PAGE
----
700 Children's® – A Blog by Pediatric Experts

All About Campfire Safety

Nov 04, 2021
Two kids and an adult roasting marshmallows around a campfire.

As the temperature cools down in the evening, families are starting to gather around the campfire. Although campfires are a great way to enjoy the fall weather, roast marshmallows, and make family memories, the open flame can be dangerous for young children.

According to the Children’s Hospital of Wisconsin, more than half of camping injuries in children are caused by campfire burns. Without safety measures in mind, a large open flame and curious hands can turn a cozy family evening into a night in the emergency department. Keep the family fun around the fire going by following these tips when hosting or attending a campfire with children:

Create a Safety Zone

Clear a 3-foot area starting at the base of the fire pit and going out in all directions. Point this safety zone out to children by marking the ground with sticks, bricks, or glow-in-the-dark spray paint tape. Young children should stay outside of this marked off area.

Conduct a Pre-fire Safety Briefing

Before lighting the fire, have everyone gather for a quick conversation about campfire safety.

  • Point out the safety zone as a reminder for young children to stay outside the 3-foot zone
  • Remind children not to touch anything that has been in or near the fire (including sparks on the ground, marshmallows that have caught on fire, sticks that have been in the fire, or the open flame)
  • Show everyone where the water bucket is in case you need to put out the fire quickly
  • Practice the stop, drop, and roll technique so they know what to do if their clothes catch on fire

Keep Fire Building for the Adults

Set the expectation that building the fire is a job for the adults only. Keep kids involved by giving them a job like gathering sticks and leaves for the fire. Remember to only use natural materials and matches to start the fire. Accelerants like gas, lighter fluid, kerosine, or alcohol can lead to serious injuries.

Practice Active Supervision

Eliminate distractions and keep an eye on children around the firepit. Much like at the swimming pool, make sure at least one adult is responsible for keeping the child(ren) safe. It is also a good idea to have an adult or older child roast marshmallows for the younger children so they aren’t tempted to get too close to the flames or put the hot marshmallow in their mouth before it has cooled down.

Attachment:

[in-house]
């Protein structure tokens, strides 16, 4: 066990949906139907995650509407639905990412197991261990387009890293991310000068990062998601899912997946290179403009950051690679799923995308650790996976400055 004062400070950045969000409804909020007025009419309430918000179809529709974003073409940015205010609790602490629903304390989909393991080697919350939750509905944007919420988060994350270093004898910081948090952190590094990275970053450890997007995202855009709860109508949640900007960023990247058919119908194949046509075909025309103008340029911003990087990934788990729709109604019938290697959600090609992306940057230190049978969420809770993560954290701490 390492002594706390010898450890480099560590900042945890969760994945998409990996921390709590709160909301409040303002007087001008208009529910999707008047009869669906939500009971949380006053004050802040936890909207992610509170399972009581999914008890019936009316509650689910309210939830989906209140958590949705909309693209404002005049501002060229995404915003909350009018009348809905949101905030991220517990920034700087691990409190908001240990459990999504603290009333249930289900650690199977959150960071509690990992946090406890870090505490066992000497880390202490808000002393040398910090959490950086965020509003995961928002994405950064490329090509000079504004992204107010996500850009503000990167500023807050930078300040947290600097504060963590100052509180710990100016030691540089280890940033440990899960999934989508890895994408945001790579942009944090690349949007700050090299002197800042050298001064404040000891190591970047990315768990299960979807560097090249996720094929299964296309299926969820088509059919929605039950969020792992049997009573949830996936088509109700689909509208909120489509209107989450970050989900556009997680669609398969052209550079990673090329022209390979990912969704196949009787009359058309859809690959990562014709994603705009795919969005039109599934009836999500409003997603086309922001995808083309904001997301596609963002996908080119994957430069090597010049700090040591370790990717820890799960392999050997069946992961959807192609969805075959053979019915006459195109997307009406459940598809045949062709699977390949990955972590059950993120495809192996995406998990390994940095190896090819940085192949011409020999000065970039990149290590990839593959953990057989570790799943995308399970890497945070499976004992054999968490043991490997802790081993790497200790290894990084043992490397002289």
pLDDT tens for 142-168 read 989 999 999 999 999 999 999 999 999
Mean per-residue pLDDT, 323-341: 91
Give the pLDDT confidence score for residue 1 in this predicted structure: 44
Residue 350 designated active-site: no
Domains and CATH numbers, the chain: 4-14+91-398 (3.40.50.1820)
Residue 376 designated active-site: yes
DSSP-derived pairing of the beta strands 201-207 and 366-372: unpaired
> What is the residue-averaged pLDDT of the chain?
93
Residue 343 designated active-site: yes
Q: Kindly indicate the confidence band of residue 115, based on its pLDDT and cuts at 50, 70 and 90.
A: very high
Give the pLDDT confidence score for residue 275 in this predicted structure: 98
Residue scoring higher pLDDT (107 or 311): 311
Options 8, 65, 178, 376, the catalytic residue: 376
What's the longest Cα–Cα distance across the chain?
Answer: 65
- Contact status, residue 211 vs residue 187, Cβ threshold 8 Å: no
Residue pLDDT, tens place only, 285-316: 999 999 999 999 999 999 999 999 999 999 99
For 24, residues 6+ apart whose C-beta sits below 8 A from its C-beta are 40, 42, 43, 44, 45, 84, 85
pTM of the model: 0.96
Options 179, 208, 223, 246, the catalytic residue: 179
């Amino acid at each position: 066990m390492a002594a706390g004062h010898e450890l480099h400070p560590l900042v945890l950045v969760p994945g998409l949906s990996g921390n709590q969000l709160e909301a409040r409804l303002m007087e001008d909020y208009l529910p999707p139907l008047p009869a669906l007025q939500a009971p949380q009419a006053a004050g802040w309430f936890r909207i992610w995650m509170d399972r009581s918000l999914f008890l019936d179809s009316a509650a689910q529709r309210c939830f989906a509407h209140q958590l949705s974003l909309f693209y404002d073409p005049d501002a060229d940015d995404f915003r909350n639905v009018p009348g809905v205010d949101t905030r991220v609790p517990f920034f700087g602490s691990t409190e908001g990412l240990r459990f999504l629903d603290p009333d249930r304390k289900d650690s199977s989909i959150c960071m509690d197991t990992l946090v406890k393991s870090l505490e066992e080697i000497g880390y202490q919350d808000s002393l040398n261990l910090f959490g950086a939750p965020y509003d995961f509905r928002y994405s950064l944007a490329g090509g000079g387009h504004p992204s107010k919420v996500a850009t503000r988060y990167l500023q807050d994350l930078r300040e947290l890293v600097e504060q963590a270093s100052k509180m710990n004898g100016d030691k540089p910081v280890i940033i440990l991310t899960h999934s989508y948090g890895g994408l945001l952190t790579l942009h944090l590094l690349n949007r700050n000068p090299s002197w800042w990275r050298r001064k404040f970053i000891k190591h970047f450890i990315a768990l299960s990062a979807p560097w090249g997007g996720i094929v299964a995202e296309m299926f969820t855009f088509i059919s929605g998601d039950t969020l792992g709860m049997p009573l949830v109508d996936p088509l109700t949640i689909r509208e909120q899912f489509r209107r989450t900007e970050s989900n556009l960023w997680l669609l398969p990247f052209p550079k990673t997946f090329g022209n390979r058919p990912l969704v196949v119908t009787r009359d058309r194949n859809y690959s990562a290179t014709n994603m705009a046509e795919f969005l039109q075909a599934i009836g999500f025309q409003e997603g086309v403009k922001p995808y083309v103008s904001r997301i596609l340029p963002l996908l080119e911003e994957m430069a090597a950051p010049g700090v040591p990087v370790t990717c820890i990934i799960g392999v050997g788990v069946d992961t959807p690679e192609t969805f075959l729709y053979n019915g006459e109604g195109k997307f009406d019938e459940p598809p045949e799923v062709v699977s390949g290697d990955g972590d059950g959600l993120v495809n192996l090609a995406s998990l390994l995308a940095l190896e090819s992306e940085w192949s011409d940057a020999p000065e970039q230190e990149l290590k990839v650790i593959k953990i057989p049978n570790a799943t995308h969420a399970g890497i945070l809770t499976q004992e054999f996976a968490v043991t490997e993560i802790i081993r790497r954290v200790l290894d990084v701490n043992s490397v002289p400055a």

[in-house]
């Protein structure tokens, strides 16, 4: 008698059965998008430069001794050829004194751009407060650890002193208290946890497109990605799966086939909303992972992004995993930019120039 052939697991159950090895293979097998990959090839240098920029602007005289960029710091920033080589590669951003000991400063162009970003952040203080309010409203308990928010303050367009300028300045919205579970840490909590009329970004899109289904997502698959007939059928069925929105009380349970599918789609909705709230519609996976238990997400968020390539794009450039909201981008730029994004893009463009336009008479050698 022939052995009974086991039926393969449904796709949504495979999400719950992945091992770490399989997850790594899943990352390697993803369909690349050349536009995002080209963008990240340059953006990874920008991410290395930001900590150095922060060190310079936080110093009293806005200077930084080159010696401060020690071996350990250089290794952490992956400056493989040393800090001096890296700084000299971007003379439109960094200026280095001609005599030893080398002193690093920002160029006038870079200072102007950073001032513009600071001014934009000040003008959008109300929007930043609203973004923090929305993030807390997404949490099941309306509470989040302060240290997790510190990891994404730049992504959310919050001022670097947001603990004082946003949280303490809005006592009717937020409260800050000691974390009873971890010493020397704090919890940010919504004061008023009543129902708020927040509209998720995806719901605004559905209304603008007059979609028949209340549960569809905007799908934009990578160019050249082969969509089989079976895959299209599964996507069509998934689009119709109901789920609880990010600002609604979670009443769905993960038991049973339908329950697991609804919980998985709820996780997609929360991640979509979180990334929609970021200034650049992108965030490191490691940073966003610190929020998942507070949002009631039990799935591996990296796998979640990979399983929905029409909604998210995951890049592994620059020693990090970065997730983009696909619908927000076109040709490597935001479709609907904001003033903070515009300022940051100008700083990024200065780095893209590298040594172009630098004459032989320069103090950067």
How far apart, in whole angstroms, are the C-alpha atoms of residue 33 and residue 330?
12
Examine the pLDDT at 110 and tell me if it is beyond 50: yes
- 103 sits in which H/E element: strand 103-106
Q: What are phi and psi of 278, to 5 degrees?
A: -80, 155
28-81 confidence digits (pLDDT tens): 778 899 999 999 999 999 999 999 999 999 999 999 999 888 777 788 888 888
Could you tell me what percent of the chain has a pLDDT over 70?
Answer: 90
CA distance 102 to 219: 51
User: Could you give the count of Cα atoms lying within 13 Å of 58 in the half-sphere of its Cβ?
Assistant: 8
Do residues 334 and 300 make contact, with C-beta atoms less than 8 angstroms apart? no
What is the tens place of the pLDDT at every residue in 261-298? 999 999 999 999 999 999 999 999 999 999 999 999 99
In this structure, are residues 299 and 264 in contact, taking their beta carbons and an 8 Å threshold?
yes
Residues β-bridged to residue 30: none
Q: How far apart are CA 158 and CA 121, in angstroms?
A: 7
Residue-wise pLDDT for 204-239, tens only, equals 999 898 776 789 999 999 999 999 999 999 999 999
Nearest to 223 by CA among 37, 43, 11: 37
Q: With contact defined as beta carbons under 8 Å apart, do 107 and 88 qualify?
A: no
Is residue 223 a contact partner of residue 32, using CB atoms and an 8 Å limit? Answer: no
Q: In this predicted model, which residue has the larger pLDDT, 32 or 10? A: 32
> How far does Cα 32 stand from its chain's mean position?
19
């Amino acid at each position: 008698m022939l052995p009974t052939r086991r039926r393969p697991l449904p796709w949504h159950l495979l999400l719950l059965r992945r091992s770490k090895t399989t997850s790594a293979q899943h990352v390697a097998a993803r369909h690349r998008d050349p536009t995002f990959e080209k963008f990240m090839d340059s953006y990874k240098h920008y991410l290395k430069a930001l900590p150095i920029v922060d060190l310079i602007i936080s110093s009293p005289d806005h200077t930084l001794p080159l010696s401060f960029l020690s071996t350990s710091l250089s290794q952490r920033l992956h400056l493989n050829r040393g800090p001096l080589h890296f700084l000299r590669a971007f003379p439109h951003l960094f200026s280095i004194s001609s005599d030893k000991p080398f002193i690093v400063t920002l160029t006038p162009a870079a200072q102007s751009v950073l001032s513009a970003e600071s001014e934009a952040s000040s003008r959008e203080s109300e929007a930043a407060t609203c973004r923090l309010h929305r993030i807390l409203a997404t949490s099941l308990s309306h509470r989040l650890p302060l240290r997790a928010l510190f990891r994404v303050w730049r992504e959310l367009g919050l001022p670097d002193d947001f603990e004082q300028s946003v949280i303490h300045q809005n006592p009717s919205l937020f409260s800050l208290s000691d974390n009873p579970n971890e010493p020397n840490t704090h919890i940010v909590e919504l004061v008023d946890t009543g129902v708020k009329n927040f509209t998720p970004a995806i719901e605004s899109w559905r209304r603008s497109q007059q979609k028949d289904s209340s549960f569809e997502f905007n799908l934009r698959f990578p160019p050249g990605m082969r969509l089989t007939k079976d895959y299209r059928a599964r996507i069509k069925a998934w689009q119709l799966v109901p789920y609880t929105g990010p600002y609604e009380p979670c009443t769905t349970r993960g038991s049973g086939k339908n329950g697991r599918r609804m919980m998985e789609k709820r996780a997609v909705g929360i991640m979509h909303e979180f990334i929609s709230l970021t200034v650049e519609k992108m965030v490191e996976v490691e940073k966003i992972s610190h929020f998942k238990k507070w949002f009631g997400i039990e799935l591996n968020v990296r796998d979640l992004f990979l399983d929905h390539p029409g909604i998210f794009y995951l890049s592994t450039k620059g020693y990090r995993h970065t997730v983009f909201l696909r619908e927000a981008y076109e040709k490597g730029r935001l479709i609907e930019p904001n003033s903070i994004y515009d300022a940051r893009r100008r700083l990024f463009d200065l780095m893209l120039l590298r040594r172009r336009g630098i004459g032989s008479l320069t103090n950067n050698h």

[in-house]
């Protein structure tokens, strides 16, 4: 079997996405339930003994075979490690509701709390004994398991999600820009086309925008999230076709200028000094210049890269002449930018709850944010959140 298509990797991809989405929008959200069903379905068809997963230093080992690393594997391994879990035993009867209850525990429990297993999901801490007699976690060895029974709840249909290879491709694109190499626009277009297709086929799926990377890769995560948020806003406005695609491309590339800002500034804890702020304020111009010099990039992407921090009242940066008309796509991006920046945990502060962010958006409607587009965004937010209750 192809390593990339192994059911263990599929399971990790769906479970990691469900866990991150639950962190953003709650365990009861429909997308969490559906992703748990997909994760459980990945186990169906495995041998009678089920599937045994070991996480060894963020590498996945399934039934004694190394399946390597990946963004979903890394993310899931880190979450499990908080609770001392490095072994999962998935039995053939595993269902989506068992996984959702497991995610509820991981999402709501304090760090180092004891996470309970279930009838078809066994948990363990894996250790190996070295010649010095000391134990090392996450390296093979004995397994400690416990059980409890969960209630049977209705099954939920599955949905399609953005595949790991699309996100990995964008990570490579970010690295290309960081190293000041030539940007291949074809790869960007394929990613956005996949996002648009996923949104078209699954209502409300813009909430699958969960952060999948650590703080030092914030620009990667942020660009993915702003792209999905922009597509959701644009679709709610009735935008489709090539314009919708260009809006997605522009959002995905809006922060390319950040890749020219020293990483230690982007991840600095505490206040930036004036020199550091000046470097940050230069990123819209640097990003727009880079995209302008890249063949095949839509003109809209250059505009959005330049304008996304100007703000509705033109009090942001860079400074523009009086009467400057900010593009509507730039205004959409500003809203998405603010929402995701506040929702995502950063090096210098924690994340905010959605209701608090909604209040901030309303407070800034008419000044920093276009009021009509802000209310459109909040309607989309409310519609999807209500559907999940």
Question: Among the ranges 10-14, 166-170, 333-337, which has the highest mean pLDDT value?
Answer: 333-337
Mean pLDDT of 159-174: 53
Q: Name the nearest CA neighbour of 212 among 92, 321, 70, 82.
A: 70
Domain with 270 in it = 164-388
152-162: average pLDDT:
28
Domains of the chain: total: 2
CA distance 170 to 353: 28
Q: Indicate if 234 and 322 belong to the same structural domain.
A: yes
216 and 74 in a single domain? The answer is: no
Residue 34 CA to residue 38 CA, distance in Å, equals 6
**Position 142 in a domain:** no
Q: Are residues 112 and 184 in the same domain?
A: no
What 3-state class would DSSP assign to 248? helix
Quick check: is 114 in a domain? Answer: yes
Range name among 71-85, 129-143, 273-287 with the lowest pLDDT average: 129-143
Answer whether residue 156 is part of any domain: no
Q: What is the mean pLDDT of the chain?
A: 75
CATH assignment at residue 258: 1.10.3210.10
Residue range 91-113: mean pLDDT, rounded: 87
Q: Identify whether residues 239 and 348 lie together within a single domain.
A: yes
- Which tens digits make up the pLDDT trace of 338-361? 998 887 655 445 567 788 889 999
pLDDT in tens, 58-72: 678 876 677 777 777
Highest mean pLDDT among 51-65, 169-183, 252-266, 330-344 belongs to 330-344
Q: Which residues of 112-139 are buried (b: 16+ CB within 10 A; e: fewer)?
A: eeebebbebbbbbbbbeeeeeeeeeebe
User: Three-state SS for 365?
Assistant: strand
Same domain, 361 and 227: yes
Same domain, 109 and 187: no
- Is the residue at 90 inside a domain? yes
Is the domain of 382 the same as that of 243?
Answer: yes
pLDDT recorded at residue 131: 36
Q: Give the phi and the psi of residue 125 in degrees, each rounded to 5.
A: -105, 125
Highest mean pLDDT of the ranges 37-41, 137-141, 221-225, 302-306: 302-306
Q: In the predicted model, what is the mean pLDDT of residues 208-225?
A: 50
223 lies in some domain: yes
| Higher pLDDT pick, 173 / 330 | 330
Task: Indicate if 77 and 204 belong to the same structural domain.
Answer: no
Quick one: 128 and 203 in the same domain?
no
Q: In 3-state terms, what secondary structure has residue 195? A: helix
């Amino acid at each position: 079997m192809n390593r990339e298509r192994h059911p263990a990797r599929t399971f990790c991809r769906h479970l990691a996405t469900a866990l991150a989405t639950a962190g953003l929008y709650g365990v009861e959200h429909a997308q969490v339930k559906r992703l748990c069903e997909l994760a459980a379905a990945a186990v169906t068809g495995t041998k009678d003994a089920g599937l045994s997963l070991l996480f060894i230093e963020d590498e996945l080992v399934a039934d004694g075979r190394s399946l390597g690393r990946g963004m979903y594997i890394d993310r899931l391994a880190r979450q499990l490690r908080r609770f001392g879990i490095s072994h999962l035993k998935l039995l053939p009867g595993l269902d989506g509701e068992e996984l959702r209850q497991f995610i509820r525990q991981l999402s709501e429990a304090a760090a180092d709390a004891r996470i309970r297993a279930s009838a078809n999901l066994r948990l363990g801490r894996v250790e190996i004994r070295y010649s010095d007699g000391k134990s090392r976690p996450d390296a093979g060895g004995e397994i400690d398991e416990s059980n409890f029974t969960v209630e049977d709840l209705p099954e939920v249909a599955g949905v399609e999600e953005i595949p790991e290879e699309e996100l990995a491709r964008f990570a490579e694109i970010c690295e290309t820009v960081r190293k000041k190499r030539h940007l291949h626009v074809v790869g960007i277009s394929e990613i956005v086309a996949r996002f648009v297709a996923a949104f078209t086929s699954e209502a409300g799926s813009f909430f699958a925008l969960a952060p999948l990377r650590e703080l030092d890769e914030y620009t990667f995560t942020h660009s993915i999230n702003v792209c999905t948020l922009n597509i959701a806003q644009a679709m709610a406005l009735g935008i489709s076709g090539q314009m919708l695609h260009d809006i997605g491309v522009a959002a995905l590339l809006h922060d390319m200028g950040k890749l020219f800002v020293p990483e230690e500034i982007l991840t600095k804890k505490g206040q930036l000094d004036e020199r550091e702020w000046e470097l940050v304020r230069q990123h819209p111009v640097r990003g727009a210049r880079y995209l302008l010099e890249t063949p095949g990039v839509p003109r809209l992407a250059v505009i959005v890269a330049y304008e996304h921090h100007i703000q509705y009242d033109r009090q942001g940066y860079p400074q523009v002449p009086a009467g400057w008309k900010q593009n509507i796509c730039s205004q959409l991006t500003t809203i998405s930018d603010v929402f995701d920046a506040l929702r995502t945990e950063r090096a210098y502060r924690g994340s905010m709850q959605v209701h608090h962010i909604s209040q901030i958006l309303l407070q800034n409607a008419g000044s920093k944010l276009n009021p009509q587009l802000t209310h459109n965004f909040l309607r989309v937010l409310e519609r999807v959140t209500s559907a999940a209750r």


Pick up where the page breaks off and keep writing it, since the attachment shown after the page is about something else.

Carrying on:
Fully Extinguish the Fire

At the end of the night, pour a bucket of water over the entire fire area. Coals from the fire have the potential to burn skin for up to 24 hours after the flame has been put out. After you have poured the water over the logs, stir with a stick to ensure all the embers have gone out. Make sure children know that even after clean-up the fire pit cannot be touched.

To keep your family memories happy ones, practice these safety tips at your next family campfire.

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Laura Dattner
Center for Injury Research and Policy

Laura Dattner is a research writer in the Center for Injury Research and Policy. With both a health communications and public health background, she works to translate pediatric injury research into meaningful, accurate messages which motivate the public to make positive behavior changes.

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Pediatric News You Can Use From America’s Largest Pediatric Hospital and Research Center

700 Children’s® features the most current pediatric health care information and research from our pediatric experts – physicians and specialists who have seen it all. Many of them are parents and bring a special understanding to what our patients and families experience. If you have a child – or care for a child – 700 Children’s was created especially for you.